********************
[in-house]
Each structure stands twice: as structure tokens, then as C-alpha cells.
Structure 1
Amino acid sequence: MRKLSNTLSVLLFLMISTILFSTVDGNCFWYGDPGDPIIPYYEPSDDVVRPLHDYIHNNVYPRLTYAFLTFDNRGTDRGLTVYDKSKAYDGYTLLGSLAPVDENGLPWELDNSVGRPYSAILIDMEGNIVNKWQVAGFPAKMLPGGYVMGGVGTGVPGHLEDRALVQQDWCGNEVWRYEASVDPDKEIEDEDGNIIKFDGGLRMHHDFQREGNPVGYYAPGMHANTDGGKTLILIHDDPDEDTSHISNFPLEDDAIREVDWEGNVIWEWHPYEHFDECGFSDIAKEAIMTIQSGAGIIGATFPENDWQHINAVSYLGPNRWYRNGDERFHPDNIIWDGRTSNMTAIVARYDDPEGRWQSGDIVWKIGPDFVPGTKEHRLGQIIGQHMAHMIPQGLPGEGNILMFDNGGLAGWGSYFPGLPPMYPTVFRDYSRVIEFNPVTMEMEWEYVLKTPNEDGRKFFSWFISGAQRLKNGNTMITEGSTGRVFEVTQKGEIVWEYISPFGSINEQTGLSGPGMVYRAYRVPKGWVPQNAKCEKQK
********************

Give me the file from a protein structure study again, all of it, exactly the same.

[in-house]
Each structure stands twice: as structure tokens, then as C-alpha cells.
Structure 1
Amino acid sequence: MRKLSNTLSVLLFLMISTILFSTVDGNCFWYGDPGDPIIPYYEPSDDVVRPLHDYIHNNVYPRLTYAFLTFDNRGTDRGLTVYDKSKAYDGYTLLGSLAPVDENGLPWELDNSVGRPYSAILIDMEGNIVNKWQVAGFPAKMLPGGYVMGGVGTGVPGHLEDRALVQQDWCGNEVWRYEASVDPDKEIEDEDGNIIKFDGGLRMHHDFQREGNPVGYYAPGMHANTDGGKTLILIHDDPDEDTSHISNFPLEDDAIREVDWEGNVIWEWHPYEHFDECGFSDIAKEAIMTIQSGAGIIGATFPENDWQHINAVSYLGPNRWYRNGDERFHPDNIIWDGRTSNMTAIVARYDDPEGRWQSGDIVWKIGPDFVPGTKEHRLGQIIGQHMAHMIPQGLPGEGNILMFDNGGLAGWGSYFPGLPPMYPTVFRDYSRVIEFNPVTMEMEWEYVLKTPNEDGRKFFSWFISGAQRLKNGNTMITEGSTGRVFEVTQKGEIVWEYISPFGSINEQTGLSGPGMVYRAYRVPKGWVPQNAKCEKQK